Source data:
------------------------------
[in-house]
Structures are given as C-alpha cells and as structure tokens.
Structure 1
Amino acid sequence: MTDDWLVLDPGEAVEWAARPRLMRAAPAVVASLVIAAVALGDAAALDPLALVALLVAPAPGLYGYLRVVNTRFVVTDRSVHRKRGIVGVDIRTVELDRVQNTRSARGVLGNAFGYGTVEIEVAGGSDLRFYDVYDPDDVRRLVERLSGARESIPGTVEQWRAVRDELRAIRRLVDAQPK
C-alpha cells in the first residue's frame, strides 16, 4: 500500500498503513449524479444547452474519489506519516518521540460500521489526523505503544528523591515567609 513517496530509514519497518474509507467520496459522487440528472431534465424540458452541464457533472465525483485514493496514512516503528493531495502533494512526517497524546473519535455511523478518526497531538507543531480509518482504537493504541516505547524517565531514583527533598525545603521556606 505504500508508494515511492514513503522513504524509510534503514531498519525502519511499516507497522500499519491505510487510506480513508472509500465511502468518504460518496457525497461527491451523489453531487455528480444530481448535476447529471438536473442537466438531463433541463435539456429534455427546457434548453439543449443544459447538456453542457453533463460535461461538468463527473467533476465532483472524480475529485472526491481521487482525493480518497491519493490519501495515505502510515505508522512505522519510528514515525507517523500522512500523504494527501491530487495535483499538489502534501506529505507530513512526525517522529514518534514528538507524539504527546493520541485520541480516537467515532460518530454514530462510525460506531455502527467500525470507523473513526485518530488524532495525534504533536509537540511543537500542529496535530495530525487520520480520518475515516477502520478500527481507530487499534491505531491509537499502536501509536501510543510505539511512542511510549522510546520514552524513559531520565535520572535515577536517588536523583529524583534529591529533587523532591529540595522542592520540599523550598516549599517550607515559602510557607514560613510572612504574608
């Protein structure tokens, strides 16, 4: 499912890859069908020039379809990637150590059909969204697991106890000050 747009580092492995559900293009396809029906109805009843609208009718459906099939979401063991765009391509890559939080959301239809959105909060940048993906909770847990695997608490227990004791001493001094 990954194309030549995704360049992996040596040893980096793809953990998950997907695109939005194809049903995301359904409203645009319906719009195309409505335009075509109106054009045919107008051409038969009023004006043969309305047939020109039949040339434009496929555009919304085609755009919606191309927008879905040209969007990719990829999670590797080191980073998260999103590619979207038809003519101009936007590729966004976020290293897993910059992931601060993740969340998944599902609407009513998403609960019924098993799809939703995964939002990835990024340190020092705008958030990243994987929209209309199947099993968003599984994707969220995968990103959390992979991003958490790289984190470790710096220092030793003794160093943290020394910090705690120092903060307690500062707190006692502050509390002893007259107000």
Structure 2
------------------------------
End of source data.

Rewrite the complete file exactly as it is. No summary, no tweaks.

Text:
[in-house]
Structures are given as C-alpha cells and as structure tokens.
Structure 1
Amino acid sequence: MTDDWLVLDPGEAVEWAARPRLMRAAPAVVASLVIAAVALGDAAALDPLALVALLVAPAPGLYGYLRVVNTRFVVTDRSVHRKRGIVGVDIRTVELDRVQNTRSARGVLGNAFGYGTVEIEVAGGSDLRFYDVYDPDDVRRLVERLSGARESIPGTVEQWRAVRDELRAIRRLVDAQPK
C-alpha cells in the first residue's frame, strides 16, 4: 500500500498503513449524479444547452474519489506519516518521540460500521489526523505503544528523591515567609 513517496530509514519497518474509507467520496459522487440528472431534465424540458452541464457533472465525483485514493496514512516503528493531495502533494512526517497524546473519535455511523478518526497531538507543531480509518482504537493504541516505547524517565531514583527533598525545603521556606 505504500508508494515511492514513503522513504524509510534503514531498519525502519511499516507497522500499519491505510487510506480513508472509500465511502468518504460518496457525497461527491451523489453531487455528480444530481448535476447529471438536473442537466438531463433541463435539456429534455427546457434548453439543449443544459447538456453542457453533463460535461461538468463527473467533476465532483472524480475529485472526491481521487482525493480518497491519493490519501495515505502510515505508522512505522519510528514515525507517523500522512500523504494527501491530487495535483499538489502534501506529505507530513512526525517522529514518534514528538507524539504527546493520541485520541480516537467515532460518530454514530462510525460506531455502527467500525470507523473513526485518530488524532495525534504533536509537540511543537500542529496535530495530525487520520480520518475515516477502520478500527481507530487499534491505531491509537499502536501509536501510543510505539511512542511510549522510546520514552524513559531520565535520572535515577536517588536523583529524583534529591529533587523532591529540595522542592520540599523550598516549599517550607515559602510557607514560613510572612504574608
């Protein structure tokens, strides 16, 4: 499912890859069908020039379809990637150590059909969204697991106890000050 747009580092492995559900293009396809029906109805009843609208009718459906099939979401063991765009391509890559939080959301239809959105909060940048993906909770847990695997608490227990004791001493001094 990954194309030549995704360049992996040596040893980096793809953990998950997907695109939005194809049903995301359904409203645009319906719009195309409505335009075509109106054009045919107008051409038969009023004006043969309305047939020109039949040339434009496929555009919304085609755009919606191309927008879905040209969007990719990829999670590797080191980073998260999103590619979207038809003519101009936007590729966004976020290293897993910059992931601060993740969340998944599902609407009513998403609960019924098993799809939703995964939002990835990024340190020092705008958030990243994987929209209309199947099993968003599984994707969220995968990103959390992979991003958490790289984190470790710096220092030793003794160093943290020394910090705690120092903060307690500062707190006692502050509390002893007259107000």
Structure 2